By Winona LaDuke
Sometimes you hear a story which breaks your heart. Breaks your heart because you never heard it, breaks your heart when you read it. In this case, I saw it. The play Almighty Voice and his Wife, is the story of Kitchi Manito Waya (Almighty Voice) known in English as Jean Baptiste. A Cree man from what is today known as One Arrow Reserve, he faced the most difficult times in Saskatchewan, Canada. It was the time after the buffalo had been wiped out and the people were being forced to the small reserves to starve. Canadian colonialism at its best.
This is the story of a man who shot a steer to feed his people and paid for it with his life. The play, written in l992 by Delaware playwright Daniel David Moses, expertly weaves history with surreal. Directed by Kathy Pardue and expertly produced by the Turtle Theatre Collective, Almighty Voice had its US premiere in Minneapolis at the Southern Theatre March 9th through March 11th. Marisa Carr plays the lead of White Girl, the wife of Almighty Voice (played by Ajuawak Kapashesit). The actors are Cree and Ojibwe, from Turtle Mountain, Moose Factory and White Earth.
In the first act, tragedy unfolds on a minimal stage: a blanket, a gun, two actors. That is how the story is told. Complex times, during the early residential school era, bring conflict to White Girl – but it is the complex times of a man trying only to survive that bring the deepest of tragedies. “The soldiers they have these clear beads they look through. Far away comes real close. All the walking seems to disappear.,” White Girl tells her husband. Almighty Voice calms her, “Listen Crazy one. You married Almighty Voice. Who is not afraid to say his name. Let your glass god hear it. Almighty Voice who has listened to our fathers and heard what they say. Almighty Voice who remembers our Creator and our people’s way. Almighty Voice who knows how to fight for you. Do you hear what I say?”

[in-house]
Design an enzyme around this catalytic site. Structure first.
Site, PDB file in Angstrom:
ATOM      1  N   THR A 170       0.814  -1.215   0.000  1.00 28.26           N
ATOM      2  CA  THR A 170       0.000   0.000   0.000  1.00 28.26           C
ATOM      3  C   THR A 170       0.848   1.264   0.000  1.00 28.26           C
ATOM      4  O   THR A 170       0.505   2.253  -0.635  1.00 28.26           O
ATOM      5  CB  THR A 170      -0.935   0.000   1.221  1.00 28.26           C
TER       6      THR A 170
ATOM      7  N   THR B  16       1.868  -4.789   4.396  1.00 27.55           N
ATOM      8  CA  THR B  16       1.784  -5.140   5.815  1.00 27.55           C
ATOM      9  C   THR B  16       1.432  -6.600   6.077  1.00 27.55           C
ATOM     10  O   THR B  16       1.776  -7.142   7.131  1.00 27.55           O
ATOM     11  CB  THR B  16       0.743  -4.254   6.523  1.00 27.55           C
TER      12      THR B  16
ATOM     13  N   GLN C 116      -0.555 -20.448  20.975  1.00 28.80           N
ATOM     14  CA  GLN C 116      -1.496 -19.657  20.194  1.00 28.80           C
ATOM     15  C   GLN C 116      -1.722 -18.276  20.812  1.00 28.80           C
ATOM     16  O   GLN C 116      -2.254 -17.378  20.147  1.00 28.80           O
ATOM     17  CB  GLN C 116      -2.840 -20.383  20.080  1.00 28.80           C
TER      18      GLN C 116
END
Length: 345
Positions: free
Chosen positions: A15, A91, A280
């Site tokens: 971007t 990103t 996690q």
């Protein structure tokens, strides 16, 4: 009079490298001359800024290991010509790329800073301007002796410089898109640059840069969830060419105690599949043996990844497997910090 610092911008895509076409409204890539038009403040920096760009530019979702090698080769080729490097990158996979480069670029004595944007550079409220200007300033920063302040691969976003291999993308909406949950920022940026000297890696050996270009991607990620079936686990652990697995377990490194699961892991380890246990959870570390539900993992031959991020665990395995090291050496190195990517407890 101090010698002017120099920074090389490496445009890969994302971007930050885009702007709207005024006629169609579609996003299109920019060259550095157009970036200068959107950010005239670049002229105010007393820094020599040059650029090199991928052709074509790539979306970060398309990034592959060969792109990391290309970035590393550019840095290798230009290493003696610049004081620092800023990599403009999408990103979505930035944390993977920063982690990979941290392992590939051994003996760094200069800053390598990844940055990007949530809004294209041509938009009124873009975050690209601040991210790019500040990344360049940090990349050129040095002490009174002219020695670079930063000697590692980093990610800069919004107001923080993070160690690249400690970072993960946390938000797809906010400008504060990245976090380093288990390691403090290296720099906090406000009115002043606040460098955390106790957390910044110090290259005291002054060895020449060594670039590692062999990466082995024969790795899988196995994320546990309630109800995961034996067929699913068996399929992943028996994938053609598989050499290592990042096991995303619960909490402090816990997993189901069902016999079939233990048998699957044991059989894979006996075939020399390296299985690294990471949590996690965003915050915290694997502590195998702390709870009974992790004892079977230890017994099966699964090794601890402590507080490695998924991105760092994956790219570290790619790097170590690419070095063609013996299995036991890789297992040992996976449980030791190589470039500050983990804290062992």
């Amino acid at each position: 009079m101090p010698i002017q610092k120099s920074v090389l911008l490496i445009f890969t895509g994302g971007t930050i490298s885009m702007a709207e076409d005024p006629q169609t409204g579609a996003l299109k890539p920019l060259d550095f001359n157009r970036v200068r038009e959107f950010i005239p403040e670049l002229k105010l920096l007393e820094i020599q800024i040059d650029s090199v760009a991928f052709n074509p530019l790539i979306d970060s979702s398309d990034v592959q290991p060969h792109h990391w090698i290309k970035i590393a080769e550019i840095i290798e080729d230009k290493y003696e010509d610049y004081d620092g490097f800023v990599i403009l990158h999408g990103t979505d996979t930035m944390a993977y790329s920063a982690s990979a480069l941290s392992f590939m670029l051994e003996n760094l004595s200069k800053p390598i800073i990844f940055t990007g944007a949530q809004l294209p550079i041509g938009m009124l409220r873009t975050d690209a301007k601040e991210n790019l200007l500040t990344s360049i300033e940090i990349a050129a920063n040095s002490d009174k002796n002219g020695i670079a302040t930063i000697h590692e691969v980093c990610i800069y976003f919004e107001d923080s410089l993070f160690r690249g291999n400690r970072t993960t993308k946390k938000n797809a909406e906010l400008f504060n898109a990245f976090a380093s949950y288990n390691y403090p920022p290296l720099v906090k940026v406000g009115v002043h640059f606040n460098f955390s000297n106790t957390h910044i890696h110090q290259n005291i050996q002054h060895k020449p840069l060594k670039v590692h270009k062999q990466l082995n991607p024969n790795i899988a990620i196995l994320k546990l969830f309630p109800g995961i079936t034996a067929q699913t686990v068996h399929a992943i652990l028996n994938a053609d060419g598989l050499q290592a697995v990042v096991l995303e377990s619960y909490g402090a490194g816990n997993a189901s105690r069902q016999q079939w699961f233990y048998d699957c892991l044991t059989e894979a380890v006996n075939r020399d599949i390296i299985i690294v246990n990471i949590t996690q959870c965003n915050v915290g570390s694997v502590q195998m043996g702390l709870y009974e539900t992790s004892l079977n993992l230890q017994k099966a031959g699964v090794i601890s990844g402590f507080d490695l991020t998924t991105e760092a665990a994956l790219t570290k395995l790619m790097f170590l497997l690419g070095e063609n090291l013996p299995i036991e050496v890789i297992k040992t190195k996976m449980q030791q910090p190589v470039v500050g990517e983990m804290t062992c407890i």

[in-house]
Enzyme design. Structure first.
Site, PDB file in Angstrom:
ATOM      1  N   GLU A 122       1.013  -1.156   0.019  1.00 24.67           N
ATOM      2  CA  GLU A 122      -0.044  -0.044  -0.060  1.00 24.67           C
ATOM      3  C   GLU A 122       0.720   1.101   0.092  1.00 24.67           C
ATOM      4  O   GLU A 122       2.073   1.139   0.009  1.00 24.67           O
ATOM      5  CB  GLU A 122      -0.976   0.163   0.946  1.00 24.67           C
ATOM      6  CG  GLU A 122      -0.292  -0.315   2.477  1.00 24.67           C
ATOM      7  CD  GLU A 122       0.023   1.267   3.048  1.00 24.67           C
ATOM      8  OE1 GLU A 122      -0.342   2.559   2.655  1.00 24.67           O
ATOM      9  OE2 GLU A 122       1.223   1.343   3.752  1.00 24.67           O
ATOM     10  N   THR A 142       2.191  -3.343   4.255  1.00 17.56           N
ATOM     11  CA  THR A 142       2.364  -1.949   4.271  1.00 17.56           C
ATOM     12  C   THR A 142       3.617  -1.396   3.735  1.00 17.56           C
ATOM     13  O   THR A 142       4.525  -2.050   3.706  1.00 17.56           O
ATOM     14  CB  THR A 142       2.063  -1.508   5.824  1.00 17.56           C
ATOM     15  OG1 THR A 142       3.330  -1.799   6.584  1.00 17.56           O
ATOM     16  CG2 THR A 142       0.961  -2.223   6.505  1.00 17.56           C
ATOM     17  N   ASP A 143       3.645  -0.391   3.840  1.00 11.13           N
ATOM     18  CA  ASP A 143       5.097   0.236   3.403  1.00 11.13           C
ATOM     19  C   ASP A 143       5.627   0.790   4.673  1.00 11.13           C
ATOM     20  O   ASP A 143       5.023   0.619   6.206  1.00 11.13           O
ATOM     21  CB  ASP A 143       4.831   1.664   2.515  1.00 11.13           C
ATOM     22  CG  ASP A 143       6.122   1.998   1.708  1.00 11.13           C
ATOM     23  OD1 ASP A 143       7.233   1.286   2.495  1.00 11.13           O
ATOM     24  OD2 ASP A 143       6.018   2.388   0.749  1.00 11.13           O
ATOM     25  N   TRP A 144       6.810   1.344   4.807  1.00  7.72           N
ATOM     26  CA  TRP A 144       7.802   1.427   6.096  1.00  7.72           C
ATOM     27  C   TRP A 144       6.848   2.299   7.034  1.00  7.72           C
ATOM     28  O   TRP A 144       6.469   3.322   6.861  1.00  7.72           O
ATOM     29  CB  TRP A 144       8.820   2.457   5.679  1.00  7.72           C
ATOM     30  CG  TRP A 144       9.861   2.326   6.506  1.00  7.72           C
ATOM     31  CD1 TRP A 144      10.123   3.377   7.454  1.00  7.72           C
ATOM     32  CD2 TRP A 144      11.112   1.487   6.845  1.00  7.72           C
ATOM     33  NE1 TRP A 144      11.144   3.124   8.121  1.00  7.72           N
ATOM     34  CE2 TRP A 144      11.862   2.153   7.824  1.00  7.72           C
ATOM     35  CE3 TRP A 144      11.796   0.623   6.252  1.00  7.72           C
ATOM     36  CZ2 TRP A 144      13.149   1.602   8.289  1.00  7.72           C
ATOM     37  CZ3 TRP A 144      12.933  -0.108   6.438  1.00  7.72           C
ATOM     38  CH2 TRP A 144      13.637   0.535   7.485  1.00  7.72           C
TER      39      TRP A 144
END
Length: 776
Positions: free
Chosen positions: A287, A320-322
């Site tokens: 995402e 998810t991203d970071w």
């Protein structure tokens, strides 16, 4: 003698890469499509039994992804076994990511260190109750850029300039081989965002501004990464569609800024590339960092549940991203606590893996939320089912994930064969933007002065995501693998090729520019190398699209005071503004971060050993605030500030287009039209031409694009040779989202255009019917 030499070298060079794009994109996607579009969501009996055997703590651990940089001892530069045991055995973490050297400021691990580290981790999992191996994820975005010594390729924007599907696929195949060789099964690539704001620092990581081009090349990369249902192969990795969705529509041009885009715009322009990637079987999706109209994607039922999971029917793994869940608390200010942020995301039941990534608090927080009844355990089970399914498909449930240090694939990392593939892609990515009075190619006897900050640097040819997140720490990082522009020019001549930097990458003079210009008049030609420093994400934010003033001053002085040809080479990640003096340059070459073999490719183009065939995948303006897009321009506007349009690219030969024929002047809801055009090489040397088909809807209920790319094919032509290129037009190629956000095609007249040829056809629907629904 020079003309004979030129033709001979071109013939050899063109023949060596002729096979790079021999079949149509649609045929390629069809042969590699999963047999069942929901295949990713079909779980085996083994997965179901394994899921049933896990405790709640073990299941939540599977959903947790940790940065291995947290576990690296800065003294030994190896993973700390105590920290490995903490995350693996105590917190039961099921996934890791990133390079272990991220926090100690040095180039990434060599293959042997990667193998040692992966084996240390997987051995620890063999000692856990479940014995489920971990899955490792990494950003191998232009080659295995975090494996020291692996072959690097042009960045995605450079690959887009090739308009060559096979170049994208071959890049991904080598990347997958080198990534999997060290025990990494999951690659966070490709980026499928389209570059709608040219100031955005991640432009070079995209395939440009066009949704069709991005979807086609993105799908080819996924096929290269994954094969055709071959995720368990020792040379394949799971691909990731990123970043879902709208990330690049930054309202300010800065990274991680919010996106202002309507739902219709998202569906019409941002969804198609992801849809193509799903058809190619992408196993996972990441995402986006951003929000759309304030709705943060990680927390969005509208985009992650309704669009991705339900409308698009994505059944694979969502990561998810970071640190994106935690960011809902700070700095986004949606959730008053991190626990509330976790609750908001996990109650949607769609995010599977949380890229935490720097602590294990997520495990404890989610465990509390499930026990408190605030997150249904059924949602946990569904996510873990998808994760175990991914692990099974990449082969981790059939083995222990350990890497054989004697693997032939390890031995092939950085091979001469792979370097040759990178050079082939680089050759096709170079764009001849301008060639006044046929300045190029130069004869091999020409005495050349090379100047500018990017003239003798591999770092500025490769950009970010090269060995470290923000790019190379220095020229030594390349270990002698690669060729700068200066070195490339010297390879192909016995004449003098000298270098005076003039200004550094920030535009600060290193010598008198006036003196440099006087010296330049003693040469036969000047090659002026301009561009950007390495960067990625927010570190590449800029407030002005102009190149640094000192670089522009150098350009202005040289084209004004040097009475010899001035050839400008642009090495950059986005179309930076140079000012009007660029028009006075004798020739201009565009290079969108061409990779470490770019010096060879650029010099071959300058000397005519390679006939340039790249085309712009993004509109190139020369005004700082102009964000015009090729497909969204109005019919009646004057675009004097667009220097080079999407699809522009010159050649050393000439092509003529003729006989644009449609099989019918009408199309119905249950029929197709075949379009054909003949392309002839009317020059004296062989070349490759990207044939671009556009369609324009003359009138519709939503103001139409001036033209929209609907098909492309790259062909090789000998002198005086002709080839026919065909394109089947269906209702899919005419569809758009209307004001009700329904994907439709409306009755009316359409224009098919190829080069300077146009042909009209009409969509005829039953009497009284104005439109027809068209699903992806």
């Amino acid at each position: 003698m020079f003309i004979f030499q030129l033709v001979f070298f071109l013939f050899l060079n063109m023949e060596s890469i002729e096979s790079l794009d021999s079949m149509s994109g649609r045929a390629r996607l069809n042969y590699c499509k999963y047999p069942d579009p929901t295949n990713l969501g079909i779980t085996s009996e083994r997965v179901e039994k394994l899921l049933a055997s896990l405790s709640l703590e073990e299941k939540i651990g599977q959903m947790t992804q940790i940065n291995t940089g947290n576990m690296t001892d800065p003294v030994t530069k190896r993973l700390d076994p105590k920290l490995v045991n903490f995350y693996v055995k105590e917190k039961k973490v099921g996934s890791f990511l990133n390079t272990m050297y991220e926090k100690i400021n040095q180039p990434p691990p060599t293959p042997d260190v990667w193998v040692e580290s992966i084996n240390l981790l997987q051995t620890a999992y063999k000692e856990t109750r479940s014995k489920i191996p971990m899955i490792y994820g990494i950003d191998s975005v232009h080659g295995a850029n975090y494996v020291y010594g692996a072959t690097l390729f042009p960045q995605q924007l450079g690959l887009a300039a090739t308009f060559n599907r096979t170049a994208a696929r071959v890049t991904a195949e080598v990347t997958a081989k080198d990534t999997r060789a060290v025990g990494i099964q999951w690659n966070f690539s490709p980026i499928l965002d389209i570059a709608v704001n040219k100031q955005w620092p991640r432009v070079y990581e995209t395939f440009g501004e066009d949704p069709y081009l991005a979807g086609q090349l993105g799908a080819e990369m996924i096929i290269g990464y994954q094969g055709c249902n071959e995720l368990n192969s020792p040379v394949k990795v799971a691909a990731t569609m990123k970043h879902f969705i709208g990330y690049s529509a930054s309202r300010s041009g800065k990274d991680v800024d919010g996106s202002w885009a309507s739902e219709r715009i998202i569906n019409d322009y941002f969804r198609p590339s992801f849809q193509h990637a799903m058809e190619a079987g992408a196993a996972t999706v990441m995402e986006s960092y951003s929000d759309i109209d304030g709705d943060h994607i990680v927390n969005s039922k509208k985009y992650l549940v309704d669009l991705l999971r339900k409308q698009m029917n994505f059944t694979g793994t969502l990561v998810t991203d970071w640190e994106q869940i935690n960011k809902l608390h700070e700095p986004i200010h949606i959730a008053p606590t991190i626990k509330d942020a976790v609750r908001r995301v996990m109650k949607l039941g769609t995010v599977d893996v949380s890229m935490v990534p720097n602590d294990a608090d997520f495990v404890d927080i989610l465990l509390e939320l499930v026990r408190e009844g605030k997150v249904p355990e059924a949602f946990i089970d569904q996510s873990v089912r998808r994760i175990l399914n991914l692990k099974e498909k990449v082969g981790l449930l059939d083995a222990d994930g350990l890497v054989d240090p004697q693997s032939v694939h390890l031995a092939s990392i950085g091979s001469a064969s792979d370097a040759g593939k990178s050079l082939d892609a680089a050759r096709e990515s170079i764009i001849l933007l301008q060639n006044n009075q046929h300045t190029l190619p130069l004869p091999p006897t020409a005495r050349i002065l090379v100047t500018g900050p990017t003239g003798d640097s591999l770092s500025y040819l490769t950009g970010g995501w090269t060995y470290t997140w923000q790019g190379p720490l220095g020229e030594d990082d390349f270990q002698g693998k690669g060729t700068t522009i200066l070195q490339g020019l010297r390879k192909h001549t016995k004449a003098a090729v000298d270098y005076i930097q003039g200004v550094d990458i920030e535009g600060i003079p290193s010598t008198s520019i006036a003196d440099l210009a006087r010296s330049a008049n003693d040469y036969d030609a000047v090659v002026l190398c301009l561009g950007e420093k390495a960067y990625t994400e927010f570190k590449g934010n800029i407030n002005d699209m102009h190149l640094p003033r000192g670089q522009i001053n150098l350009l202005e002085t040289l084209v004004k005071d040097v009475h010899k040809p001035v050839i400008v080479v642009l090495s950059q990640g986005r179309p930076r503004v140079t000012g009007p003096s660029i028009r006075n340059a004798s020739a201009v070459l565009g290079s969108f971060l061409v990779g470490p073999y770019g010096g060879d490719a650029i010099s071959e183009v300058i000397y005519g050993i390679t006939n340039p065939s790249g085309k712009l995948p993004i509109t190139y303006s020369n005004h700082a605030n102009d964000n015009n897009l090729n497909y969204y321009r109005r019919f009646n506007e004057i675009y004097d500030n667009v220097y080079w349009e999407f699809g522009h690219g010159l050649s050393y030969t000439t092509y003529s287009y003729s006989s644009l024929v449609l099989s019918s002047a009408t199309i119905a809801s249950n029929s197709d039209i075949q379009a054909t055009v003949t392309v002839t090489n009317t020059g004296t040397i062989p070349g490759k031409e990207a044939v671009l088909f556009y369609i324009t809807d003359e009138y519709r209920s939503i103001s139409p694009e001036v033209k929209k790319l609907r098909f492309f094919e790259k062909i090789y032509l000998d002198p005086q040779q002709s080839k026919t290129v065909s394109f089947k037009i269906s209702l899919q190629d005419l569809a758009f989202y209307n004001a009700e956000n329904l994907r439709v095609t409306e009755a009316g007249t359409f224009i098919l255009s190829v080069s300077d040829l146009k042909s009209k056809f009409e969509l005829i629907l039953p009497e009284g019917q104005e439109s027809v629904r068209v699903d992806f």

As Canadian Biography describes the salt to the wounds, “…Placed within the humiliating confines of the reservations, they could only travel with a pass and hunt within limitations. In their youth, Almighty Voice’s grandfather and father had ridden into great herds of buffalo to kill their meat; now there were only government steers distributed among the mendicant Crees on their reserves by the agents of the dominion government.”
A magnificent athlete and marksman, Almighty Voice was a teenager in the l885 Cree and Metis Louis Riel Rebellion. Inspired by the courage of that generation, they faced confinement and Canadian colonization instead. On Oct 22, 1895 Sergeant Colin Colebrook of the North-West Mounted Police arrested Almighty Voice for having killed a government steer and escorted him to the prison at Duck Lake. Although the steer was later confirmed to have belonged to the Cree, the relentless pursuit of Almighty Voice continued, particularly after he killed a Mounty coming to arrest him. The two-year manhunt which followed was the largest in RCMP history. It ended with 200 soldiers firing on three Cree men, all were killed at the scene, including Almighty Voice and two of his relatives. History records that Almighty Voice’s mother sat on a nearby hill singing her son’s war song and hundreds of local residents watched as the Mounties bombarded them with gunfire.